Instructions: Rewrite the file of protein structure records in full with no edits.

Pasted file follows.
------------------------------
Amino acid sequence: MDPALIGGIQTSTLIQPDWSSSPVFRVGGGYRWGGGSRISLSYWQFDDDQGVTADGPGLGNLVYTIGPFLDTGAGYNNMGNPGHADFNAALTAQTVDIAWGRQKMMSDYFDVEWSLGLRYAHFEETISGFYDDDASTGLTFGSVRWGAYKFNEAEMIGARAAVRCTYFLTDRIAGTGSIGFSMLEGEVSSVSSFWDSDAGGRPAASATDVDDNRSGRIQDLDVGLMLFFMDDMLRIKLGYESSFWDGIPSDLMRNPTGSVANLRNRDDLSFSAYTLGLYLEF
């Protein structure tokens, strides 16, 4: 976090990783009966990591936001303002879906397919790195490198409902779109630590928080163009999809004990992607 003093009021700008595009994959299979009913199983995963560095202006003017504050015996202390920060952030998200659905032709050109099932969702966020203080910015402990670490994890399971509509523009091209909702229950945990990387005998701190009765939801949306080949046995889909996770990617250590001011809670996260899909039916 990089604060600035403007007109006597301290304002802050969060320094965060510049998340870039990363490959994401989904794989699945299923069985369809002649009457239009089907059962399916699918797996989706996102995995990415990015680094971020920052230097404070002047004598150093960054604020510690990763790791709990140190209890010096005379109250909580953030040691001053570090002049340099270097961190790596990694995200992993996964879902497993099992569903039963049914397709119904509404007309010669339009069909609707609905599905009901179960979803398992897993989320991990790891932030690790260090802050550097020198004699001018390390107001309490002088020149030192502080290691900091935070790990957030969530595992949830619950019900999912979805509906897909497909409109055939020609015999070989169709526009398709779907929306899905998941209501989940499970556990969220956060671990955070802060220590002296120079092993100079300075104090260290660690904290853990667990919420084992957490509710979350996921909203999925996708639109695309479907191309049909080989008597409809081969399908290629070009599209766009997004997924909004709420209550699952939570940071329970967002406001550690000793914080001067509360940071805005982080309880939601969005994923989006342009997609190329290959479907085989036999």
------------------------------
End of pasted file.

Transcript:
Amino acid sequence: MDPALIGGIQTSTLIQPDWSSSPVFRVGGGYRWGGGSRISLSYWQFDDDQGVTADGPGLGNLVYTIGPFLDTGAGYNNMGNPGHADFNAALTAQTVDIAWGRQKMMSDYFDVEWSLGLRYAHFEETISGFYDDDASTGLTFGSVRWGAYKFNEAEMIGARAAVRCTYFLTDRIAGTGSIGFSMLEGEVSSVSSFWDSDAGGRPAASATDVDDNRSGRIQDLDVGLMLFFMDDMLRIKLGYESSFWDGIPSDLMRNPTGSVANLRNRDDLSFSAYTLGLYLEF
């Protein structure tokens, strides 16, 4: 976090990783009966990591936001303002879906397919790195490198409902779109630590928080163009999809004990992607 003093009021700008595009994959299979009913199983995963560095202006003017504050015996202390920060952030998200659905032709050109099932969702966020203080910015402990670490994890399971509509523009091209909702229950945990990387005998701190009765939801949306080949046995889909996770990617250590001011809670996260899909039916 990089604060600035403007007109006597301290304002802050969060320094965060510049998340870039990363490959994401989904794989699945299923069985369809002649009457239009089907059962399916699918797996989706996102995995990415990015680094971020920052230097404070002047004598150093960054604020510690990763790791709990140190209890010096005379109250909580953030040691001053570090002049340099270097961190790596990694995200992993996964879902497993099992569903039963049914397709119904509404007309010669339009069909609707609905599905009901179960979803398992897993989320991990790891932030690790260090802050550097020198004699001018390390107001309490002088020149030192502080290691900091935070790990957030969530595992949830619950019900999912979805509906897909497909409109055939020609015999070989169709526009398709779907929306899905998941209501989940499970556990969220956060671990955070802060220590002296120079092993100079300075104090260290660690904290853990667990919420084992957490509710979350996921909203999925996708639109695309479907191309049909080989008597409809081969399908290629070009599209766009997004997924909004709420209550699952939570940071329970967002406001550690000793914080001067509360940071805005982080309880939601969005994923989006342009997609190329290959479907085989036999």